My two favorite things were to read and to ride my horse around our Idaho ranch.
What books influenced you most when you were growing up?
I remember loving ANNE OF GREEN GABLES. At the time I read it, I had already determined that I was going to be a writer, and I hoped that I could someday write like L. M. Montgomery. I also loved Mark Twain's TOM SAWYER and the way it was written. Later, when I was 13, I read A TREE GROWS IN BROOKLYN, by Betty Smith. I totally identified with the character of Francie, even though she lived in the tenements of Brooklyn and I lived on an Idaho ranch. I began to see the power of writing when I read that book.
What audience did you have in mind for your career as a writer -- adult or children:
I first decided I wanted to be a writer when I was about seven or eight. At that time I wanted to write for children my own age. When I lived in New York City, I took a writing class in which I produced stories for adults and started selling them to markets like the Ellery Queen Mystery Magazine and Ladies' Home Journal. After we moved to Pasadena, I took another class in which several people were writing for young people. I sold several stories to Seventeen Magazine, and at that time decided my interests were in writing for teens and pre-teens.
When you went to college, were you already pursuing a writing career?
Yes. I started out in journalism, but decided I didn't want to do that kind of writing. So I majored in English and took every writing class available. I also served on the staff of the literary magazine and got involved in writing wherever I could.
Was your first book accepted immediately, or did you experience a number of rejections?
I used to call myself the "most rejected author in Southern California." I had a bursting file of rejection letters. Finally I decided that was self-defeating and burned them all when I did sell my first book.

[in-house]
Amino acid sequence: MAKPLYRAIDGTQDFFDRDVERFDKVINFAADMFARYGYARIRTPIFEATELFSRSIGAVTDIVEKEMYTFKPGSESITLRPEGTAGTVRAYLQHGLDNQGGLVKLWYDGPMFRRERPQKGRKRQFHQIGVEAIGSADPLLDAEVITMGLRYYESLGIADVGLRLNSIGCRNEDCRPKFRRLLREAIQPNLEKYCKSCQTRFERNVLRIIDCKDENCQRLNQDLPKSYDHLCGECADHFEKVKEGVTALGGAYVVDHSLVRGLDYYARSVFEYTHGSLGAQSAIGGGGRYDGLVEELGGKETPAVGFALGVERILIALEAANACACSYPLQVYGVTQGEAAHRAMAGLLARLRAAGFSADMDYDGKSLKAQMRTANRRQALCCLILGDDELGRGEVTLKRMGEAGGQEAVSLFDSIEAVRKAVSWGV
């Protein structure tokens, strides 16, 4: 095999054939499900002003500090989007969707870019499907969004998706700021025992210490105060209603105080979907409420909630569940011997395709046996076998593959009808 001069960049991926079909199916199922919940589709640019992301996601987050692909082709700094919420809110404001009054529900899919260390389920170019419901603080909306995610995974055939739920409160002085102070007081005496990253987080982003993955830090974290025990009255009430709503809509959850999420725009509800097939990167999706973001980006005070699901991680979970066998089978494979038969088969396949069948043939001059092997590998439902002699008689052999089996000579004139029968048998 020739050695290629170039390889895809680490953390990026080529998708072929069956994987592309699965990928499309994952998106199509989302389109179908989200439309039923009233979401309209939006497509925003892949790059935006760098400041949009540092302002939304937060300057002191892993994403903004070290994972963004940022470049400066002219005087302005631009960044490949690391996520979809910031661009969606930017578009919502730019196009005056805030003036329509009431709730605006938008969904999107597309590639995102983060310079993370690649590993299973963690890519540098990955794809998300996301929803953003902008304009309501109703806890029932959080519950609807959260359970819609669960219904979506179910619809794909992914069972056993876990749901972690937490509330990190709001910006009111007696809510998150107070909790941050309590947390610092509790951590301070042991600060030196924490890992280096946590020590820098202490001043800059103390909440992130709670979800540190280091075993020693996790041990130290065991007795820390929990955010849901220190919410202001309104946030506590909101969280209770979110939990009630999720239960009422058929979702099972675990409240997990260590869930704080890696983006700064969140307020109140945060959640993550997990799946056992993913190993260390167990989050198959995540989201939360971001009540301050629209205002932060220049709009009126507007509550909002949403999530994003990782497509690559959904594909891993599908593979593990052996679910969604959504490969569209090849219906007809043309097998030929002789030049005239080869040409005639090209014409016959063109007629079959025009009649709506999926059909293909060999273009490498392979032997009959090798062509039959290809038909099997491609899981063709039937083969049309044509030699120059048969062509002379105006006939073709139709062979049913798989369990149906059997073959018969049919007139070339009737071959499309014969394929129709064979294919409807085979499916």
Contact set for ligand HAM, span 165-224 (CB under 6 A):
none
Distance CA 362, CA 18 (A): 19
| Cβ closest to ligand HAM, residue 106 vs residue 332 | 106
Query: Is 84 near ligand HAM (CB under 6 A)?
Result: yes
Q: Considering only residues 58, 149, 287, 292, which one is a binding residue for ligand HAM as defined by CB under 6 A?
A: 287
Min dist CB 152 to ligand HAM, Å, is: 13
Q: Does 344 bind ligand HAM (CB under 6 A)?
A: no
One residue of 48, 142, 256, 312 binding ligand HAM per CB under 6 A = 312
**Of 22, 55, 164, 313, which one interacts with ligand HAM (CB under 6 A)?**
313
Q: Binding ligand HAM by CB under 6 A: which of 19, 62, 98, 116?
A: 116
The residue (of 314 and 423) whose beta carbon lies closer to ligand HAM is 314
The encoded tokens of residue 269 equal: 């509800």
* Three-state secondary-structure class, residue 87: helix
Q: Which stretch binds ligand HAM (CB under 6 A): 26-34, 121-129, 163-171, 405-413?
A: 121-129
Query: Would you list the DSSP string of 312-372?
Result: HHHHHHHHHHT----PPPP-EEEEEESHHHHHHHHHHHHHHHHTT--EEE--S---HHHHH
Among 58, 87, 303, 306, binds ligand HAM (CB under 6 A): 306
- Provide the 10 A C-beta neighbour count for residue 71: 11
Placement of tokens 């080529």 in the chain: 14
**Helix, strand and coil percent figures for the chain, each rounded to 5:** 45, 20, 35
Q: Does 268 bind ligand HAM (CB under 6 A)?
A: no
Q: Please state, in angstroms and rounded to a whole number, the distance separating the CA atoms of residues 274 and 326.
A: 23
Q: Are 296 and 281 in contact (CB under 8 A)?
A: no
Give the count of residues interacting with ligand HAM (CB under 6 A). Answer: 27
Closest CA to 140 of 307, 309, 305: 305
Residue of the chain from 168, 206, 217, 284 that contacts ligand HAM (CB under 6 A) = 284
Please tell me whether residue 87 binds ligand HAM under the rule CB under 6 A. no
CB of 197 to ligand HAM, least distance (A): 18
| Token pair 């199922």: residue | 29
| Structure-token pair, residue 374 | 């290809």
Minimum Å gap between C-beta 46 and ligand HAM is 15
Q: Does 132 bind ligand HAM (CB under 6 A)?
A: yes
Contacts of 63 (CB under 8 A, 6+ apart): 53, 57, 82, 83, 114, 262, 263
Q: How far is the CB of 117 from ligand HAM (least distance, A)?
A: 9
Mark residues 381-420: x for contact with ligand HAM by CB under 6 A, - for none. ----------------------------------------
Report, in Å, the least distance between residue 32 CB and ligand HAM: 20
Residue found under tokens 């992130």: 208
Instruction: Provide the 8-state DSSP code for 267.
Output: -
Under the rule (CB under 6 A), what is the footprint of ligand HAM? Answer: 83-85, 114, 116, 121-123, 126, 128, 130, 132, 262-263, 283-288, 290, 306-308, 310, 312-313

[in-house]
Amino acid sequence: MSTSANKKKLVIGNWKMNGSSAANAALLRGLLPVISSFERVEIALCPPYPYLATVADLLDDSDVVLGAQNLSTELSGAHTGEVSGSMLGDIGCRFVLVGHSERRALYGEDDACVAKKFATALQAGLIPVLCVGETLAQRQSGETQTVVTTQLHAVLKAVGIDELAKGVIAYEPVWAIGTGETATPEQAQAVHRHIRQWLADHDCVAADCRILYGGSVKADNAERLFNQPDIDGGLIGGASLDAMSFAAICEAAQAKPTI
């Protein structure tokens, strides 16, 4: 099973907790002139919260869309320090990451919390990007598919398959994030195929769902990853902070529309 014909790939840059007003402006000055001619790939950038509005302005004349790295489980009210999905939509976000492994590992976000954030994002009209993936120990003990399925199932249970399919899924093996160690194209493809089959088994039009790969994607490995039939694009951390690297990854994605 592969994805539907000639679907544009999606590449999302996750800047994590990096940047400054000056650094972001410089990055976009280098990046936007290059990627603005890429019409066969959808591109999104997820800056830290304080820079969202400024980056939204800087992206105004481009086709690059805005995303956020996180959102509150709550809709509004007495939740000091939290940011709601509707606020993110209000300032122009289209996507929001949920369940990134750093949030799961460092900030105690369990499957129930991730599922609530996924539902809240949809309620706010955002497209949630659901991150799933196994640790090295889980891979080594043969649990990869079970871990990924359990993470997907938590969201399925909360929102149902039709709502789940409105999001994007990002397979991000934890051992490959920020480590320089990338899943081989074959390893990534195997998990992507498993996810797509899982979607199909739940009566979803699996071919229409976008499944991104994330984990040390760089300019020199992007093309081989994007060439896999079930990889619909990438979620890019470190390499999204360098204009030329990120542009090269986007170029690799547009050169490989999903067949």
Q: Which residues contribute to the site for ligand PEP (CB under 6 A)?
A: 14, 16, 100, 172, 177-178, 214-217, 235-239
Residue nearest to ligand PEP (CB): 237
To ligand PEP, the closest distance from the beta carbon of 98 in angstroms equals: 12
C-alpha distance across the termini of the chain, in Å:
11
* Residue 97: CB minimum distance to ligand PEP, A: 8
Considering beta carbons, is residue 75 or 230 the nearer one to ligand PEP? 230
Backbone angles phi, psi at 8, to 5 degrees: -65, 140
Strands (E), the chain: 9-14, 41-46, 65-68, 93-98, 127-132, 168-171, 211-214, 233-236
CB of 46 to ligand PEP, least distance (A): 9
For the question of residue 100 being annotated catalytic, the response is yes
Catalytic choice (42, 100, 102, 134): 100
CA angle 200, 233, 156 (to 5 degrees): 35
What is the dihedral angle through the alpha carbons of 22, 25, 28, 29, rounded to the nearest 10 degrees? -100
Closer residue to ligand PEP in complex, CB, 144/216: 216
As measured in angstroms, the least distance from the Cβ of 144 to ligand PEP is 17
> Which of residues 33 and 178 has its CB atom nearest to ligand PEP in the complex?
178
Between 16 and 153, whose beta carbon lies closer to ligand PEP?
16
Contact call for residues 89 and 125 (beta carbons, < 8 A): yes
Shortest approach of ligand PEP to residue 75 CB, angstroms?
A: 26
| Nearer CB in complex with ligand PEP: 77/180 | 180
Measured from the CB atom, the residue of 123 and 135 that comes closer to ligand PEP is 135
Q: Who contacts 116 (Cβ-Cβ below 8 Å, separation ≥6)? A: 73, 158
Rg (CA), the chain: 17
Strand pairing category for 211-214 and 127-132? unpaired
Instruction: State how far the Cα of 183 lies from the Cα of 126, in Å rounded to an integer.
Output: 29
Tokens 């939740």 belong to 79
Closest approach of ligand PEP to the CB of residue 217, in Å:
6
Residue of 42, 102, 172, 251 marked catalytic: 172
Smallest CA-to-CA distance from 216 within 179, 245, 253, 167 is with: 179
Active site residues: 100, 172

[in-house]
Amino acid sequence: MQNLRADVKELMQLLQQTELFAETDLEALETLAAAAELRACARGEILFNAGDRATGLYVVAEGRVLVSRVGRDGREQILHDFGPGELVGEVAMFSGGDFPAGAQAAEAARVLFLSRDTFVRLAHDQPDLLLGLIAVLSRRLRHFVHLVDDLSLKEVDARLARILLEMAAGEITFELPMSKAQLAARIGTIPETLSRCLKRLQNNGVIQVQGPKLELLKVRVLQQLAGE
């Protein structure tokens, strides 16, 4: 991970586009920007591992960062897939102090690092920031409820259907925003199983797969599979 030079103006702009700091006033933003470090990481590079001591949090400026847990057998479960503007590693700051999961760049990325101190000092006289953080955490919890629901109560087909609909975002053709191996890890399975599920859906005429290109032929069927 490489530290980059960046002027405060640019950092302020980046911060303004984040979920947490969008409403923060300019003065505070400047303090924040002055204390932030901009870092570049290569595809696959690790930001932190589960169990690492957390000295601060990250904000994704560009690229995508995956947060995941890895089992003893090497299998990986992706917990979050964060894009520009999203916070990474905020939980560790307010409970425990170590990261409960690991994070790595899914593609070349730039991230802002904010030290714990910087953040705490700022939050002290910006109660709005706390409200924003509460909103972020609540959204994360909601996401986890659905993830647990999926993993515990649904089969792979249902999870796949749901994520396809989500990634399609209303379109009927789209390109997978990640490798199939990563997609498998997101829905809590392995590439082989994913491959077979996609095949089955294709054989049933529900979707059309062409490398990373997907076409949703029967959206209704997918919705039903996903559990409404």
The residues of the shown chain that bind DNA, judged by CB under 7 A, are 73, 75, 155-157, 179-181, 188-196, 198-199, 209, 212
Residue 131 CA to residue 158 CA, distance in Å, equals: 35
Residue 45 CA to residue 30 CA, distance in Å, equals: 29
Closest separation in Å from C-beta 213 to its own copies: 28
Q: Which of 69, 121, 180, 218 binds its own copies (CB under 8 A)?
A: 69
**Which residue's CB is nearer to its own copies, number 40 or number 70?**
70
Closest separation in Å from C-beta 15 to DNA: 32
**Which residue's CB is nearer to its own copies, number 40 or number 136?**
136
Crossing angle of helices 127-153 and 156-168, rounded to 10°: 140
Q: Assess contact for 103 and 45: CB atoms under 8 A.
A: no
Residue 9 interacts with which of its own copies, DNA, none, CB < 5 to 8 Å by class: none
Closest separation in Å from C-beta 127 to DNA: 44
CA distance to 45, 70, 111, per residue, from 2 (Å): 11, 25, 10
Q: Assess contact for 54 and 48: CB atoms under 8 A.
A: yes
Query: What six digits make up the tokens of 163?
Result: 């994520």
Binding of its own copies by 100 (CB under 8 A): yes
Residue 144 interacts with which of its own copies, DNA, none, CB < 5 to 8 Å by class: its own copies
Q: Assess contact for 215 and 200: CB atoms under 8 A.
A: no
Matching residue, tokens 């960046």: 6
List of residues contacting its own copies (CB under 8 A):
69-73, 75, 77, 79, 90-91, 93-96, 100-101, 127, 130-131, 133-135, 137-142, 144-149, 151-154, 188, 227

Where do you get your ideas?
From everywhere. From my own life, from the lives of my friends, from newspapers, TV, radio. The trick is to recognize a good idea when it sweeps by. Some of my ideas just appear in my mind, and I never know where they came from. But I'm grateful they come and I immediately begin building on the good ones. I keep a notebook of ideas. Sometimes it's just a word or a name I want to use. Sometimes it's a situation. I've never had the experience of having a full-blown plot show up in my head, but I can hope!
What gave you the idea for LAKE OF SECRETS?
I got the idea back in 1991 when there was an article in the Los Angeles Times about Lake Isabella up near Kernville. This was a time of drought, and the man-made lake had receded so much that the foundations of the old town that was covered up when the area was flooded were visible after being covered by water for over 40 years. I was so intrigued by the idea that I went to Kernville to see where the old town had been and to walk along the old streets. I knew there was a story there somewhere. And there was!
Do you like to include humor in your stories? Or adventure? Or mystery?
All of the above. My early stories sold because of the humor in them. I always put some kind of humor in every book, in the form of a character or a situation, if only for comic relief. I have a couple of adventure books, and my most recent books have all been in the mystery/suspense field.
What do you most want the students to get out of your school visits?
An excitement about words and what they can do. Also a basic understanding of the structure of a story.